“I need boxers,” I say to my mother hopefully. Mostly Sean gets everything new, and I get passed-down jeans with ripped pockets and shirts with armpit stains. I draw the line at underwear.
“We’ll see if anything’s on sale after I look at ties.” She heads off.
That was easy. Mom must be in a sentimental mood. UNLV’s been courting Sean with a full basketball scholarship since he won the championship last year. There’s just the formality of the interview, which is why we’re at the mall after practice, buying suits we can’t afford.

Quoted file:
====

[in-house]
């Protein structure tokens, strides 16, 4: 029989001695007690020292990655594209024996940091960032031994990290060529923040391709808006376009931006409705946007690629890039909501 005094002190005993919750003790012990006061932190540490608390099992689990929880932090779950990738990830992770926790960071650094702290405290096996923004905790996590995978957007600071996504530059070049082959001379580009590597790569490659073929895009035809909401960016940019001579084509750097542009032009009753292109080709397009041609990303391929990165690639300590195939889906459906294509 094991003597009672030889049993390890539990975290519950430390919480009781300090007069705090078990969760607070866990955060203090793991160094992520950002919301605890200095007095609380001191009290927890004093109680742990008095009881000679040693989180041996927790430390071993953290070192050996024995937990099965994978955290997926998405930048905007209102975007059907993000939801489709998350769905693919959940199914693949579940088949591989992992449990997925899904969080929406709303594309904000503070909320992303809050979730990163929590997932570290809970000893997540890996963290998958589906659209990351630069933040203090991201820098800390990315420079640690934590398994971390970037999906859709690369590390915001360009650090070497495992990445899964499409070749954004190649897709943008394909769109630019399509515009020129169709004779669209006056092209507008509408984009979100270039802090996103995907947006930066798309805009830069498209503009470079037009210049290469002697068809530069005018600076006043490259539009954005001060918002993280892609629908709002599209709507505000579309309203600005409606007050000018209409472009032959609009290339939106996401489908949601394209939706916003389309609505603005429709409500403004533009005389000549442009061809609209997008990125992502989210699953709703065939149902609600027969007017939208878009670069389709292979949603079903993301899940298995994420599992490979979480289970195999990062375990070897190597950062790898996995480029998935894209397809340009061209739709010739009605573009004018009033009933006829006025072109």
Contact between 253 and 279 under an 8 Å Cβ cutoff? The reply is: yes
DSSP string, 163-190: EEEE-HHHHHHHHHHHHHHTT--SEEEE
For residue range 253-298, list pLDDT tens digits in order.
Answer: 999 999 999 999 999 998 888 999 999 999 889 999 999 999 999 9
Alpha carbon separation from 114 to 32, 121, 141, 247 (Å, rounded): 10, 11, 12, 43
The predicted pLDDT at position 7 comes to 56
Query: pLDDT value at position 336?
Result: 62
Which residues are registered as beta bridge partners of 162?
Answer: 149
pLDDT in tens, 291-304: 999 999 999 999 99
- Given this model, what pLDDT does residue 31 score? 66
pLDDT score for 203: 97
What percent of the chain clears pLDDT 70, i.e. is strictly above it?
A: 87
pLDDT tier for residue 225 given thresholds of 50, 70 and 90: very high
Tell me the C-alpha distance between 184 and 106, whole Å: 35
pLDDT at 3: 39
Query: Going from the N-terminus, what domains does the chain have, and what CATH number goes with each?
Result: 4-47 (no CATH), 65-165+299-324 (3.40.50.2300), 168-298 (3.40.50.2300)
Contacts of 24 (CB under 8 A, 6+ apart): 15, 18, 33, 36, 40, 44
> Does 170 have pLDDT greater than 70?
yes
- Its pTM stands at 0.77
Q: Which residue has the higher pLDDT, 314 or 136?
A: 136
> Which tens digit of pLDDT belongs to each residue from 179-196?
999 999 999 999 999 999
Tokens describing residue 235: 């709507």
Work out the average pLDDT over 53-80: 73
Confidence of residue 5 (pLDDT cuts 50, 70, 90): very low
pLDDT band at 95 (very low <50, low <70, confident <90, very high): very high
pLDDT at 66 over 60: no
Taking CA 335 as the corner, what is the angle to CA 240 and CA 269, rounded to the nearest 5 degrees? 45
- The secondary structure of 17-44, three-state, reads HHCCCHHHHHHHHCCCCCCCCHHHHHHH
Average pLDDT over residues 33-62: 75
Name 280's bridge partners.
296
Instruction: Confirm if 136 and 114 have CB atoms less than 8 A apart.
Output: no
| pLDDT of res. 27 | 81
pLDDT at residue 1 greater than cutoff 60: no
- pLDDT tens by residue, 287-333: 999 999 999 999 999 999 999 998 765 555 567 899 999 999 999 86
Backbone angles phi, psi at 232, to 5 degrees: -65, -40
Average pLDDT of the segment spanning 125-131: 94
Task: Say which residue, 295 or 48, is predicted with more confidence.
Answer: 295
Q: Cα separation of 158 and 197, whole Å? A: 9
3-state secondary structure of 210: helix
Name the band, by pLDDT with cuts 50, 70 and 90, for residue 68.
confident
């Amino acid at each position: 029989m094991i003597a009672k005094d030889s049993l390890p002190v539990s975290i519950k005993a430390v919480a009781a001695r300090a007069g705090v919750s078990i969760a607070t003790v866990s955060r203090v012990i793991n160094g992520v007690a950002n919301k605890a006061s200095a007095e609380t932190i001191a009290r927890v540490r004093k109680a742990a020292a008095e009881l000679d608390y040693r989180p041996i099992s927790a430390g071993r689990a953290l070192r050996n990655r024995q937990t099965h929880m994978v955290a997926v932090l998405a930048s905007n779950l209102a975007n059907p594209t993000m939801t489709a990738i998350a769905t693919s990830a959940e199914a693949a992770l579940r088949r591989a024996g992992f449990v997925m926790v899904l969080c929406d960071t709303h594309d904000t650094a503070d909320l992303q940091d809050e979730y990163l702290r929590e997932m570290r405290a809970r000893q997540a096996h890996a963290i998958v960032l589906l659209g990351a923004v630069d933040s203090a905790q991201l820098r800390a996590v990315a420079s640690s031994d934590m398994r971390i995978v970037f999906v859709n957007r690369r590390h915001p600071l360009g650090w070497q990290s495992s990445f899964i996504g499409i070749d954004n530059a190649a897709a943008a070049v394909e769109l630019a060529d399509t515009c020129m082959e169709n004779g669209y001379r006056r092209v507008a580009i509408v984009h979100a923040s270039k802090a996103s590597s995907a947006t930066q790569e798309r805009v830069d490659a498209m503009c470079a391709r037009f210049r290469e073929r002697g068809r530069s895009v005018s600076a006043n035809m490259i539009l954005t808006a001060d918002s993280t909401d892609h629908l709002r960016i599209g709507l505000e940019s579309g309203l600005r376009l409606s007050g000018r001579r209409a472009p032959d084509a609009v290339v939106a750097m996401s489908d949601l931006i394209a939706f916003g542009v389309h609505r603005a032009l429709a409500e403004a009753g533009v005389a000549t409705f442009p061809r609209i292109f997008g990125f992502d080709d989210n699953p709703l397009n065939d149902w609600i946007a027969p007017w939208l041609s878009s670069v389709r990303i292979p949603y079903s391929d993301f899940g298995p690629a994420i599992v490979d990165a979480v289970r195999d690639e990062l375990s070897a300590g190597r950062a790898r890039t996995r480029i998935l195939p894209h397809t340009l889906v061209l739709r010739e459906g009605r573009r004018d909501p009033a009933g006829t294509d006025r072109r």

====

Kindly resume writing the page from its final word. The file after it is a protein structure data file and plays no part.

On the thinly carpeted floors in the hallway of the men’s dressing room, I stretch out my legs, turn up the volume on the iPod I worked all summer to buy. Ten minutes later, I peer under the cheap particleboard partitions to see if Sean’s done. My brother’s sitting, still in his own clothes, staring at a piece of paper.
“Sean? What’s up?” He doesn’t stop me when I open the door, reach down to grab the note.
The words stay low, stuck in his throat. “I’m off the team. Coach said it’s lucky I’m not expelled.” I tower over him. I’d kept his secret, but now. He’s in deep.
“Tell Mom I’m going to look at boxers.” I drop the paper.
I trip out of the dressing room, walk down the hall, through the men’s department, onto the escalator, up, high, higher.